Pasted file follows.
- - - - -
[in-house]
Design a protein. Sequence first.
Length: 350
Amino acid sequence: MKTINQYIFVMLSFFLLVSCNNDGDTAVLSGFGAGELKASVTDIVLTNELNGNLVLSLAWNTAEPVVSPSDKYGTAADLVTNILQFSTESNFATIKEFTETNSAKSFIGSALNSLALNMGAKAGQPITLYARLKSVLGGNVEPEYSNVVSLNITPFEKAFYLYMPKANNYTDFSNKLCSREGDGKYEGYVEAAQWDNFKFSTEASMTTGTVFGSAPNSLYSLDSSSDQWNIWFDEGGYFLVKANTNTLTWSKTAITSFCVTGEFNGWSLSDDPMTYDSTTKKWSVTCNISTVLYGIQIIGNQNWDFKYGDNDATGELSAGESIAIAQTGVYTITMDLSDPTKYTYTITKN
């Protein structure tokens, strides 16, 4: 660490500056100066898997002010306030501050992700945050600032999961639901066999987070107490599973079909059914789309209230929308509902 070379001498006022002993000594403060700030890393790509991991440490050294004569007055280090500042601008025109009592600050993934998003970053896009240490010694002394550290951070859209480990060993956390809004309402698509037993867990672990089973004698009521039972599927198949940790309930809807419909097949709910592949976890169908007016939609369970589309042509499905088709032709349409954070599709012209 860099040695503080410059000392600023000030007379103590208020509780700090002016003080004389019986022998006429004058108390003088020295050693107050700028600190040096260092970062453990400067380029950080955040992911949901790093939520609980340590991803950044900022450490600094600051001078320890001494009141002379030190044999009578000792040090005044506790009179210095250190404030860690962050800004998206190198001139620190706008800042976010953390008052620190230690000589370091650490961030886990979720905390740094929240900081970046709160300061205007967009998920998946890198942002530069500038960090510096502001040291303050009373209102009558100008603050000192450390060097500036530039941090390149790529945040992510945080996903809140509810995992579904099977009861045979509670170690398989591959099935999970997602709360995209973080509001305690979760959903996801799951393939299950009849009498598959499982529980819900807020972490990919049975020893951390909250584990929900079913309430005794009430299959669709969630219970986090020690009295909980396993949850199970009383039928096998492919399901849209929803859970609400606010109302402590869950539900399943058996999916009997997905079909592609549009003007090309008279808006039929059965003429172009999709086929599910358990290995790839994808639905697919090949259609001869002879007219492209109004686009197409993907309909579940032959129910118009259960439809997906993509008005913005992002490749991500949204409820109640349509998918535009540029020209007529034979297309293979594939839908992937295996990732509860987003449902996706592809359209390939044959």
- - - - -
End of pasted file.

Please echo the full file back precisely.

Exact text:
[in-house]
Design a protein. Sequence first.
Length: 350
Amino acid sequence: MKTINQYIFVMLSFFLLVSCNNDGDTAVLSGFGAGELKASVTDIVLTNELNGNLVLSLAWNTAEPVVSPSDKYGTAADLVTNILQFSTESNFATIKEFTETNSAKSFIGSALNSLALNMGAKAGQPITLYARLKSVLGGNVEPEYSNVVSLNITPFEKAFYLYMPKANNYTDFSNKLCSREGDGKYEGYVEAAQWDNFKFSTEASMTTGTVFGSAPNSLYSLDSSSDQWNIWFDEGGYFLVKANTNTLTWSKTAITSFCVTGEFNGWSLSDDPMTYDSTTKKWSVTCNISTVLYGIQIIGNQNWDFKYGDNDATGELSAGESIAIAQTGVYTITMDLSDPTKYTYTITKN
């Protein structure tokens, strides 16, 4: 660490500056100066898997002010306030501050992700945050600032999961639901066999987070107490599973079909059914789309209230929308509902 070379001498006022002993000594403060700030890393790509991991440490050294004569007055280090500042601008025109009592600050993934998003970053896009240490010694002394550290951070859209480990060993956390809004309402698509037993867990672990089973004698009521039972599927198949940790309930809807419909097949709910592949976890169908007016939609369970589309042509499905088709032709349409954070599709012209 860099040695503080410059000392600023000030007379103590208020509780700090002016003080004389019986022998006429004058108390003088020295050693107050700028600190040096260092970062453990400067380029950080955040992911949901790093939520609980340590991803950044900022450490600094600051001078320890001494009141002379030190044999009578000792040090005044506790009179210095250190404030860690962050800004998206190198001139620190706008800042976010953390008052620190230690000589370091650490961030886990979720905390740094929240900081970046709160300061205007967009998920998946890198942002530069500038960090510096502001040291303050009373209102009558100008603050000192450390060097500036530039941090390149790529945040992510945080996903809140509810995992579904099977009861045979509670170690398989591959099935999970997602709360995209973080509001305690979760959903996801799951393939299950009849009498598959499982529980819900807020972490990919049975020893951390909250584990929900079913309430005794009430299959669709969630219970986090020690009295909980396993949850199970009383039928096998492919399901849209929803859970609400606010109302402590869950539900399943058996999916009997997905079909592609549009003007090309008279808006039929059965003429172009999709086929599910358990290995790839994808639905697919090949259609001869002879007219492209109004686009197409993907309909579940032959129910118009259960439809997906993509008005913005992002490749991500949204409820109640349509998918535009540029020209007529034979297309293979594939839908992937295996990732509860987003449902996706592809359209390939044959």